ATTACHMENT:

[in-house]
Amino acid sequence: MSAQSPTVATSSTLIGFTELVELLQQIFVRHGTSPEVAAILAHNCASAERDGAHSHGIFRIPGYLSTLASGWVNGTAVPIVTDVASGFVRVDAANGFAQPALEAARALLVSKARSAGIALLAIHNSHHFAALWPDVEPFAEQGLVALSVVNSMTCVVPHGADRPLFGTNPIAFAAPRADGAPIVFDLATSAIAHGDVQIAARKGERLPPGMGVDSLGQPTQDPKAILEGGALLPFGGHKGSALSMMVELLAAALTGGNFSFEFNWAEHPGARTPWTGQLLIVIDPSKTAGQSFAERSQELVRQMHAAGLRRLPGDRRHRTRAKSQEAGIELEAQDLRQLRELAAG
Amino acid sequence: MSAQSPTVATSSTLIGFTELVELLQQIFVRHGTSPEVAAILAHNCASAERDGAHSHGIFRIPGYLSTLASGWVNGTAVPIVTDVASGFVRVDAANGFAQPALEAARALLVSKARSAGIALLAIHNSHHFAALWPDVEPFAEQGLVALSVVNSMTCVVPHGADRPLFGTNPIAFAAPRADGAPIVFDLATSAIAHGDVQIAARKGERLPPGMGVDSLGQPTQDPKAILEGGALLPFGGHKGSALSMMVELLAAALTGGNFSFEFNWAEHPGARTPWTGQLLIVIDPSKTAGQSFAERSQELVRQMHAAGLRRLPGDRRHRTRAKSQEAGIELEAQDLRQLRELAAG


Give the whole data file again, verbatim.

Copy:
[in-house]
Amino acid sequence: MSAQSPTVATSSTLIGFTELVELLQQIFVRHGTSPEVAAILAHNCASAERDGAHSHGIFRIPGYLSTLASGWVNGTAVPIVTDVASGFVRVDAANGFAQPALEAARALLVSKARSAGIALLAIHNSHHFAALWPDVEPFAEQGLVALSVVNSMTCVVPHGADRPLFGTNPIAFAAPRADGAPIVFDLATSAIAHGDVQIAARKGERLPPGMGVDSLGQPTQDPKAILEGGALLPFGGHKGSALSMMVELLAAALTGGNFSFEFNWAEHPGARTPWTGQLLIVIDPSKTAGQSFAERSQELVRQMHAAGLRRLPGDRRHRTRAKSQEAGIELEAQDLRQLRELAAG
Amino acid sequence: MSAQSPTVATSSTLIGFTELVELLQQIFVRHGTSPEVAAILAHNCASAERDGAHSHGIFRIPGYLSTLASGWVNGTAVPIVTDVASGFVRVDAANGFAQPALEAARALLVSKARSAGIALLAIHNSHHFAALWPDVEPFAEQGLVALSVVNSMTCVVPHGADRPLFGTNPIAFAAPRADGAPIVFDLATSAIAHGDVQIAARKGERLPPGMGVDSLGQPTQDPKAILEGGALLPFGGHKGSALSMMVELLAAALTGGNFSFEFNWAEHPGARTPWTGQLLIVIDPSKTAGQSFAERSQELVRQMHAAGLRRLPGDRRHRTRAKSQEAGIELEAQDLRQLRELAAG